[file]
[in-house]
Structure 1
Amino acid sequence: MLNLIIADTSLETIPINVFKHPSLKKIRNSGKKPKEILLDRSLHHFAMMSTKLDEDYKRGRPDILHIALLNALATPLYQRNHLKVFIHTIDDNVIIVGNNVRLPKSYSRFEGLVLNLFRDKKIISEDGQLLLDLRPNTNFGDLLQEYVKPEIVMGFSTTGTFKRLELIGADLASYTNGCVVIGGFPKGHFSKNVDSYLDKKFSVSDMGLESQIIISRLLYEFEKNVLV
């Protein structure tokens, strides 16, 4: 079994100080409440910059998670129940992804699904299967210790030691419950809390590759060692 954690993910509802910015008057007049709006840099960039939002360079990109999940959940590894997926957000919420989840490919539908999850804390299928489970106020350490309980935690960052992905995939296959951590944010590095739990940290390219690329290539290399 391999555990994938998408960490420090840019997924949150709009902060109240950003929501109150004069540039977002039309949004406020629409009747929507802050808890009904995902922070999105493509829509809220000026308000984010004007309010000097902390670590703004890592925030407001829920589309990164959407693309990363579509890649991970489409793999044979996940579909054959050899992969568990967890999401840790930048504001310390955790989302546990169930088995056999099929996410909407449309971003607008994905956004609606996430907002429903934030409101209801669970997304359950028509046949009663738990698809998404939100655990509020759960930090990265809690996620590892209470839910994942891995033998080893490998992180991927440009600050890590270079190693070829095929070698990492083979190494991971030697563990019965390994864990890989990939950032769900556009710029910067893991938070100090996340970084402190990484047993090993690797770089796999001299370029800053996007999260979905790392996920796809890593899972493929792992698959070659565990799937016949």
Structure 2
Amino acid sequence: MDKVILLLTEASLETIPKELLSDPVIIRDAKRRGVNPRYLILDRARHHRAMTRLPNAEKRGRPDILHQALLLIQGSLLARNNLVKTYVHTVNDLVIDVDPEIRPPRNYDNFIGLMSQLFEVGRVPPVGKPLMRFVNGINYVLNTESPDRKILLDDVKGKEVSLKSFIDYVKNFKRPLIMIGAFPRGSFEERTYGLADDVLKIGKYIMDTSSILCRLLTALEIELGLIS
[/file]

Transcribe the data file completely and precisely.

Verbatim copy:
[in-house]
Structure 1
Amino acid sequence: MLNLIIADTSLETIPINVFKHPSLKKIRNSGKKPKEILLDRSLHHFAMMSTKLDEDYKRGRPDILHIALLNALATPLYQRNHLKVFIHTIDDNVIIVGNNVRLPKSYSRFEGLVLNLFRDKKIISEDGQLLLDLRPNTNFGDLLQEYVKPEIVMGFSTTGTFKRLELIGADLASYTNGCVVIGGFPKGHFSKNVDSYLDKKFSVSDMGLESQIIISRLLYEFEKNVLV
């Protein structure tokens, strides 16, 4: 079994100080409440910059998670129940992804699904299967210790030691419950809390590759060692 954690993910509802910015008057007049709006840099960039939002360079990109999940959940590894997926957000919420989840490919539908999850804390299928489970106020350490309980935690960052992905995939296959951590944010590095739990940290390219690329290539290399 391999555990994938998408960490420090840019997924949150709009902060109240950003929501109150004069540039977002039309949004406020629409009747929507802050808890009904995902922070999105493509829509809220000026308000984010004007309010000097902390670590703004890592925030407001829920589309990164959407693309990363579509890649991970489409793999044979996940579909054959050899992969568990967890999401840790930048504001310390955790989302546990169930088995056999099929996410909407449309971003607008994905956004609606996430907002429903934030409101209801669970997304359950028509046949009663738990698809998404939100655990509020759960930090990265809690996620590892209470839910994942891995033998080893490998992180991927440009600050890590270079190693070829095929070698990492083979190494991971030697563990019965390994864990890989990939950032769900556009710029910067893991938070100090996340970084402190990484047993090993690797770089796999001299370029800053996007999260979905790392996920796809890593899972493929792992698959070659565990799937016949």
Structure 2
Amino acid sequence: MDKVILLLTEASLETIPKELLSDPVIIRDAKRRGVNPRYLILDRARHHRAMTRLPNAEKRGRPDILHQALLLIQGSLLARNNLVKTYVHTVNDLVIDVDPEIRPPRNYDNFIGLMSQLFEVGRVPPVGKPLMRFVNGINYVLNTESPDRKILLDDVKGKEVSLKSFIDYVKNFKRPLIMIGAFPRGSFEERTYGLADDVLKIGKYIMDTSSILCRLLTALEIELGLIS